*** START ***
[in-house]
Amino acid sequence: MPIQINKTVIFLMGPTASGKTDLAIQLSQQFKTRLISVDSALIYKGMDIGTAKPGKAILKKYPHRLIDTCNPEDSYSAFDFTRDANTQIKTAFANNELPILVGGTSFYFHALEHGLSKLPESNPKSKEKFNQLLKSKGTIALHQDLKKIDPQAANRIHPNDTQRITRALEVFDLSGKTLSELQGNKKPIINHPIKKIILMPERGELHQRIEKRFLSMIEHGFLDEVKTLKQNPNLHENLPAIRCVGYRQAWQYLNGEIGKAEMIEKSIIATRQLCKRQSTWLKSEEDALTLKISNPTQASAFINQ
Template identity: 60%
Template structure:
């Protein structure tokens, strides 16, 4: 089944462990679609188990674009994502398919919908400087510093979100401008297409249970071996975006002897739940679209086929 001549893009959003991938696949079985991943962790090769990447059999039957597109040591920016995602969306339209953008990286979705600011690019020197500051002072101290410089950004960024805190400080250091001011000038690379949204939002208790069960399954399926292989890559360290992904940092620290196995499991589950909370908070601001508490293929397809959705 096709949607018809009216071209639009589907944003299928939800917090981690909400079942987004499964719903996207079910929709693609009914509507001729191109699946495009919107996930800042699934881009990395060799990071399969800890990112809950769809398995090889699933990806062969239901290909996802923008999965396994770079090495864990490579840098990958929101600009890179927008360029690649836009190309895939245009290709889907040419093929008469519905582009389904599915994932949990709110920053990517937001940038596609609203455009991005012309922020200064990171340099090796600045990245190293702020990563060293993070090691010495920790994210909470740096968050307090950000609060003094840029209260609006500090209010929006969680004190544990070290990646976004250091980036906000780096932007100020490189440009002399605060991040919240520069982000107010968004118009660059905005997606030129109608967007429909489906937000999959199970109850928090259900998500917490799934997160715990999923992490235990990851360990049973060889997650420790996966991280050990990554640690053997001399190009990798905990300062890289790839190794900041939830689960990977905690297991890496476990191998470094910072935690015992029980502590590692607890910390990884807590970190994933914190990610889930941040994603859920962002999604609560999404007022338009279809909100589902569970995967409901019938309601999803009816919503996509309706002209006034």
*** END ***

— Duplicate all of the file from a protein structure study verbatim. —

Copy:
[in-house]
Amino acid sequence: MPIQINKTVIFLMGPTASGKTDLAIQLSQQFKTRLISVDSALIYKGMDIGTAKPGKAILKKYPHRLIDTCNPEDSYSAFDFTRDANTQIKTAFANNELPILVGGTSFYFHALEHGLSKLPESNPKSKEKFNQLLKSKGTIALHQDLKKIDPQAANRIHPNDTQRITRALEVFDLSGKTLSELQGNKKPIINHPIKKIILMPERGELHQRIEKRFLSMIEHGFLDEVKTLKQNPNLHENLPAIRCVGYRQAWQYLNGEIGKAEMIEKSIIATRQLCKRQSTWLKSEEDALTLKISNPTQASAFINQ
Template identity: 60%
Template structure:
């Protein structure tokens, strides 16, 4: 089944462990679609188990674009994502398919919908400087510093979100401008297409249970071996975006002897739940679209086929 001549893009959003991938696949079985991943962790090769990447059999039957597109040591920016995602969306339209953008990286979705600011690019020197500051002072101290410089950004960024805190400080250091001011000038690379949204939002208790069960399954399926292989890559360290992904940092620290196995499991589950909370908070601001508490293929397809959705 096709949607018809009216071209639009589907944003299928939800917090981690909400079942987004499964719903996207079910929709693609009914509507001729191109699946495009919107996930800042699934881009990395060799990071399969800890990112809950769809398995090889699933990806062969239901290909996802923008999965396994770079090495864990490579840098990958929101600009890179927008360029690649836009190309895939245009290709889907040419093929008469519905582009389904599915994932949990709110920053990517937001940038596609609203455009991005012309922020200064990171340099090796600045990245190293702020990563060293993070090691010495920790994210909470740096968050307090950000609060003094840029209260609006500090209010929006969680004190544990070290990646976004250091980036906000780096932007100020490189440009002399605060991040919240520069982000107010968004118009660059905005997606030129109608967007429909489906937000999959199970109850928090259900998500917490799934997160715990999923992490235990990851360990049973060889997650420790996966991280050990990554640690053997001399190009990798905990300062890289790839190794900041939830689960990977905690297991890496476990191998470094910072935690015992029980502590590692607890910390990884807590970190994933914190990610889930941040994603859920962002999604609560999404007022338009279809909100589902569970995967409901019938309601999803009816919503996509309706002209006034």